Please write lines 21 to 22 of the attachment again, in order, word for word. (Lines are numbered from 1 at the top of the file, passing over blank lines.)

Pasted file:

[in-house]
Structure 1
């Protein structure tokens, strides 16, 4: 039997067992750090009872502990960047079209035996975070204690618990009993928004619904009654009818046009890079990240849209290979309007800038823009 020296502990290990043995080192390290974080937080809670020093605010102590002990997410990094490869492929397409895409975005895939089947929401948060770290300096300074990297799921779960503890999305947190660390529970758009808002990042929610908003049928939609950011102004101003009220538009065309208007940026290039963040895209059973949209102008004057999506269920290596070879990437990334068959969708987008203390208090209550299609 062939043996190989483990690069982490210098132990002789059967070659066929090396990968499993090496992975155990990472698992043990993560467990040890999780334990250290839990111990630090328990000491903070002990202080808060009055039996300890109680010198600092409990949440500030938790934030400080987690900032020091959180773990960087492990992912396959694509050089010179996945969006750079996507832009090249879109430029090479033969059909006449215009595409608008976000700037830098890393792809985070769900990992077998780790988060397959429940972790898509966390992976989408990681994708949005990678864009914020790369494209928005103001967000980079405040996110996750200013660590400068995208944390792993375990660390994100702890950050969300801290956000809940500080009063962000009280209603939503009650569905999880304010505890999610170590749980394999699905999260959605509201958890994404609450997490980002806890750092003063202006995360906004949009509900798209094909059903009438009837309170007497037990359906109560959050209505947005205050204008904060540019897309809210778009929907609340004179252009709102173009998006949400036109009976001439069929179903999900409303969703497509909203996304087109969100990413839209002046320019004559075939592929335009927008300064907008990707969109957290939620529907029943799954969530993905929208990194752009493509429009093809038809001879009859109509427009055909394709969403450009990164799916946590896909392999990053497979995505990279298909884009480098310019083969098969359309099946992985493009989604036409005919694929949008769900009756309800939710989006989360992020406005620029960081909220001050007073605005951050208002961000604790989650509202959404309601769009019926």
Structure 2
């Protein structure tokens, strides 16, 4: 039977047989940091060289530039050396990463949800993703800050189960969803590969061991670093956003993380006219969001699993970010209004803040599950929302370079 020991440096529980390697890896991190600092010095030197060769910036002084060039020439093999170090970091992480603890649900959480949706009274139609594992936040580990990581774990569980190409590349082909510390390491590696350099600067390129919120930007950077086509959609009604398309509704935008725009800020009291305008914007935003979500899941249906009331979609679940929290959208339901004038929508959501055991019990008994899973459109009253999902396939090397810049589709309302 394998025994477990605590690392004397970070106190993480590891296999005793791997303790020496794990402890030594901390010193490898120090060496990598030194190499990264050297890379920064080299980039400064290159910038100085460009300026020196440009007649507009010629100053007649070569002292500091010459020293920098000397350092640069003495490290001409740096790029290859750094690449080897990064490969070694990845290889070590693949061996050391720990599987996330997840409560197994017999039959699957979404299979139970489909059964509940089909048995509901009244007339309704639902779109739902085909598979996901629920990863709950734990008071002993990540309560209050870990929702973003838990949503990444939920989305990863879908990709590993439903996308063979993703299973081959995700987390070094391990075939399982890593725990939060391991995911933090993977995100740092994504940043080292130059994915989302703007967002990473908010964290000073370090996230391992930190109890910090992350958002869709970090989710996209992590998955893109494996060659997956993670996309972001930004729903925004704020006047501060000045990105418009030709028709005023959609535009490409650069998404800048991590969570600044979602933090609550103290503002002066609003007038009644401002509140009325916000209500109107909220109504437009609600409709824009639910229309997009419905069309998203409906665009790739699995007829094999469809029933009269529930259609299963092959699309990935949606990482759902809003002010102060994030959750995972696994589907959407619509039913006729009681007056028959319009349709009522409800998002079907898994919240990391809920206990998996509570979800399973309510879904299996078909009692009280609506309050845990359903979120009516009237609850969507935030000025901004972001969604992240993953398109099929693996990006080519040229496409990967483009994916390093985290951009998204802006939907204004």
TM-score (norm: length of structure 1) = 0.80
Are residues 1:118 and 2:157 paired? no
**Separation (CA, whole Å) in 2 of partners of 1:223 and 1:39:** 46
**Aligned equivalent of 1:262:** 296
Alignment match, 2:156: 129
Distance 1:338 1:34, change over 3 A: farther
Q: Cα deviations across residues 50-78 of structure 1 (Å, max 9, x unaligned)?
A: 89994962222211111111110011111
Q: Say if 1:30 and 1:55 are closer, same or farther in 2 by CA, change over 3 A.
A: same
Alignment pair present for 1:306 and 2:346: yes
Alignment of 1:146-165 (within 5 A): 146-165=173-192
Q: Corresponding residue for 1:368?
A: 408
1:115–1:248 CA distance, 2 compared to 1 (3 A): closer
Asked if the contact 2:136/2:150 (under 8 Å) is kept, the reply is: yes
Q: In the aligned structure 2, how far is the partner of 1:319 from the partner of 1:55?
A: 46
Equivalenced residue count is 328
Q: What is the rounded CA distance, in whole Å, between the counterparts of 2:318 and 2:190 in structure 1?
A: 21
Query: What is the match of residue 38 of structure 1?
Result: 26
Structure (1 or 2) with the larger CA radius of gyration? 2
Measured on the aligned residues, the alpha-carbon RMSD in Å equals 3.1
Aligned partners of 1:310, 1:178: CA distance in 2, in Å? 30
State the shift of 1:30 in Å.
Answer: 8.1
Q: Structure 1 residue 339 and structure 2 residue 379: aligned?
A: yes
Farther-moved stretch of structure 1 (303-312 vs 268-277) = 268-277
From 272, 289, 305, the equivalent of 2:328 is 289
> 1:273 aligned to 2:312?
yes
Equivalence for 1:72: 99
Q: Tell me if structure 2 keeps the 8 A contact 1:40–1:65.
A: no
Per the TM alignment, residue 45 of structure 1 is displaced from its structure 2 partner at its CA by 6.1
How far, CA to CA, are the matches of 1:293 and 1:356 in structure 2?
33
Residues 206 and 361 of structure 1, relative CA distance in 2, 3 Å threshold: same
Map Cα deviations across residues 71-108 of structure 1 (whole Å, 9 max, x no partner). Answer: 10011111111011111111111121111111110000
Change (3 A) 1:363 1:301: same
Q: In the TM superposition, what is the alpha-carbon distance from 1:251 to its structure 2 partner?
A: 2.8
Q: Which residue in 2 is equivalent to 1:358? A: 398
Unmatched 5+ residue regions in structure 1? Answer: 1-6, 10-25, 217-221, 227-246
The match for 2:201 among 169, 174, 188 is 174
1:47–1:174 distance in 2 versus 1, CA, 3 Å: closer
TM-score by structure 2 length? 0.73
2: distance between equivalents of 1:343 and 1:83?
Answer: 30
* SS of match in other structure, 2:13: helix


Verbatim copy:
Asked if the contact 2:136/2:150 (under 8 Å) is kept, the reply is: yes
Q: In the aligned structure 2, how far is the partner of 1:319 from the partner of 1:55?